Learning Adventures in Citizenship
Episode 2Topic 5: Immigrants Pour In
Who Was Here?
Like America itself, New York City was built by immigrants: English, African, German, and Irish in the 1700s and early 1800s; Italians and Jews in the late 1800s and early 1900s; Asians, Hispanics, and Caribbean immigrants in the late 20th century. Like sediment drifting to the bottom of the ocean, the various waves of immigrants have left us evidence of their history. And while New York has always been the number-one destination of immigrants to America, every community in the country has felt their impact. Every community has its layers of immigrant history.

Cross Section This activity will allow you to examine these layers and find evidence of your community's immigrant past. A cemetery is a good place to start digging -- not with a shovel, of course, but with your eyes, mind, and a good notepad. In fast-changing America, cemeteries are usually permanent. With their headstones and mausoleums (above-ground burial vaults), they offer a record of the past that is often torn down and replaced everywhere else. They can help you learn which immigrant groups lived in your community, and when.

Examine the Headstones
To begin, pick a cemetery in your community. It does not have to be an old cemetery, although older ones offer more layers. (Be sure to get an OK from the people who run the cemetery; explain to them what you are doing. They might even be able to point you to older parts of the grounds.)

Examine the headstones and mausoleums. These usually have several pieces of useful information. First, of course, are the names. Write down the ethnicity (or national background) of the people buried in the cemetery. (Also note religious markings. Crosses, of course, are Christian symbols; six-pointed Stars of David indicate Jews; a five-pointed star and crescent means Muslim.)

To learn more about how names reflect ethnicity, you can check the following Web site:

Surnames: What's in a Name?
This Web site lets you investigate the origins of surnames -- our last names!

Or this book:

Hanks, Patrick and Flavia Hodges. A DICTIONARY OF SURNAMES. New York: Oxford University Press, 1988.

(Note: like most family-name sources, this book and Web site focus on European names.

For non-European names, try typing in the words "surnames" or "geneology" into a search engine like Yahoo or Lycos. Many of these sites offer you a place to type in a name and give you information about it.)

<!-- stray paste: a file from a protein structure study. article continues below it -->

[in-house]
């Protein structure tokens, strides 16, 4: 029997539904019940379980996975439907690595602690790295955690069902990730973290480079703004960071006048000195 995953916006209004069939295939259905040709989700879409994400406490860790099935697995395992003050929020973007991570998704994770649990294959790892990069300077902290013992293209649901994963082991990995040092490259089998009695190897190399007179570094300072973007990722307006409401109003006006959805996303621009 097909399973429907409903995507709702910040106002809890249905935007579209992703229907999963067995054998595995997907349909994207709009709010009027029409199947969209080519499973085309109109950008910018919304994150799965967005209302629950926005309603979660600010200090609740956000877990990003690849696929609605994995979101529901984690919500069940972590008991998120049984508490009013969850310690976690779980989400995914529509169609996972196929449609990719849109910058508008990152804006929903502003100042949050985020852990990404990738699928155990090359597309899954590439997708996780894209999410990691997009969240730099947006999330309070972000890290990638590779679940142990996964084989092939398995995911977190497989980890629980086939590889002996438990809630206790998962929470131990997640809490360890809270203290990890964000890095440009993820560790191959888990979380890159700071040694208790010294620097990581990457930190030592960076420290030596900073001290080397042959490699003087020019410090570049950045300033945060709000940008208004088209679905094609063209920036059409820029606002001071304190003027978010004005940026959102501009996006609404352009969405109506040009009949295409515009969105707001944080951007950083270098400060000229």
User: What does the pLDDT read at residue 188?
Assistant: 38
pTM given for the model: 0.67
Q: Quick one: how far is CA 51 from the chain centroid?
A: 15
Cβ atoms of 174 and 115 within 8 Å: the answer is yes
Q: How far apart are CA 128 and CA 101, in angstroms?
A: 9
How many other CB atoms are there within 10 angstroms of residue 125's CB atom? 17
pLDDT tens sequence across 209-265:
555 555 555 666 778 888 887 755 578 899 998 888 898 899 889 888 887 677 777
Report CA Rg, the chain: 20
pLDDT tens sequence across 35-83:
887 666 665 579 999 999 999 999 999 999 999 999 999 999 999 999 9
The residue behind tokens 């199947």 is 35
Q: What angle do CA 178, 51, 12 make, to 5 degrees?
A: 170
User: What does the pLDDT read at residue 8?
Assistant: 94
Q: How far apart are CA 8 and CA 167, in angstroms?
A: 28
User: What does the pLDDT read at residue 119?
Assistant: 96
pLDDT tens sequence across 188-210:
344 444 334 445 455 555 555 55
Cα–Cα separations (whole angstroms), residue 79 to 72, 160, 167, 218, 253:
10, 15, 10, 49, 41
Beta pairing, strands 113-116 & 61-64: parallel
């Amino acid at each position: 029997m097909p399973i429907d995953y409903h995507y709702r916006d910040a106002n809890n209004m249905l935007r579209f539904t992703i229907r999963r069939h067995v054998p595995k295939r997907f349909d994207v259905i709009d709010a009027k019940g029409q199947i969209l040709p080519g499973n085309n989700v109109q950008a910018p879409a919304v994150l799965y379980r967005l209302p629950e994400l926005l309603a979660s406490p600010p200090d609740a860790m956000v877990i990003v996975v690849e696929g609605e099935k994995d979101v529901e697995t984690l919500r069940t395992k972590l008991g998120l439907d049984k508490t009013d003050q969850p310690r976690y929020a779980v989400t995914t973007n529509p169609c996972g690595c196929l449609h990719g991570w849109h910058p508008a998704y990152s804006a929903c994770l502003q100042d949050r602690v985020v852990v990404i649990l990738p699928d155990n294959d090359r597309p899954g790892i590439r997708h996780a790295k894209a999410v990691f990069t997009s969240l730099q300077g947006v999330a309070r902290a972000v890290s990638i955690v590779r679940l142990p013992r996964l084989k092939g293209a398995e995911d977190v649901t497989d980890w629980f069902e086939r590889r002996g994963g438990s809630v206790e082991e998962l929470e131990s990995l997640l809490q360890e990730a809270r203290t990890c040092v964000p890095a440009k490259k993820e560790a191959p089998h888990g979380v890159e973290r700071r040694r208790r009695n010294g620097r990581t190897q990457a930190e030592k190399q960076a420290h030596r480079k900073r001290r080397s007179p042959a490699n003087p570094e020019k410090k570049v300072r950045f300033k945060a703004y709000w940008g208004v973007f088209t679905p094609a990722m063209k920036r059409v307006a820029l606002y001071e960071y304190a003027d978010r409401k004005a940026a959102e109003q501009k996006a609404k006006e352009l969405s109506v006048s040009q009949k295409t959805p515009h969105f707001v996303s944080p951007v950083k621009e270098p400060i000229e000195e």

The second piece of information are dates of birth and death. This will tell you when different ethnic groups lived in your community.

Record the Information
Now that you've collected your information, it's time to collate, or organize, it. A table can help. You may want to create one like this:

This table is just a sample. It does not have enough names to really get a picture of who lived in your community and when. With dozens of names and dates like these, however, it would reveal a pattern: Italians and Polish people lived in your community in later years than Irish and Germans.

Agnelli, Anna Italian 1890 1956
Woijech, Stanis-laus Polish 1888 1961
Kraus, Hans German or Austrian 1811 1899

Organize the Information
You might also want to organize your information so that others can see the results. You can do this in several ways. First, establish the total number of graves you examined. Then, divide that number into groups by year of birth or death. For example, let us say you examined 50 graves: 25 of people born in the 1800s and 25 of people born in the 1900s. Make separate tables for each group. Now, count up the number of people in each ethnic group for the two tables and do the math. If, for example, 15 of the 25 names in the first group have Irish names, that means Irish represent 60 percent of the sample for the 1800s. And if, for example, 10 of the 25 in the second group have Hispanic names, that represents 40 percent. (To do this math, divide the total number into 100 -- 25 into 100 equals 4; then multiply the number of ethnic names by that number -- 10 times 4 equals 40, or 40 percent).

Present the Information
A nice way to present your data is in a chart. There are several kinds of charts. A useful kind for percentages is a pie chart. This is a round circle, like a pie, divided into slices. To begin, draw a circle. Then lightly pencil the straight lines inside. A vertical one down the middle divides it in half, and then a horizontal one divides it into quarters, or 25 percent. Using different colored pens or pencils, fill in amount for each ethnic group. 40 percent would fill one quarter plus most of another. Once you have completed the pie, write the name of each ethnic group inside or next to its slice of the pie. Finally, add a title to your chart and an explanation, so that people will know what they are looking at. See if your teacher will post it in your classroom.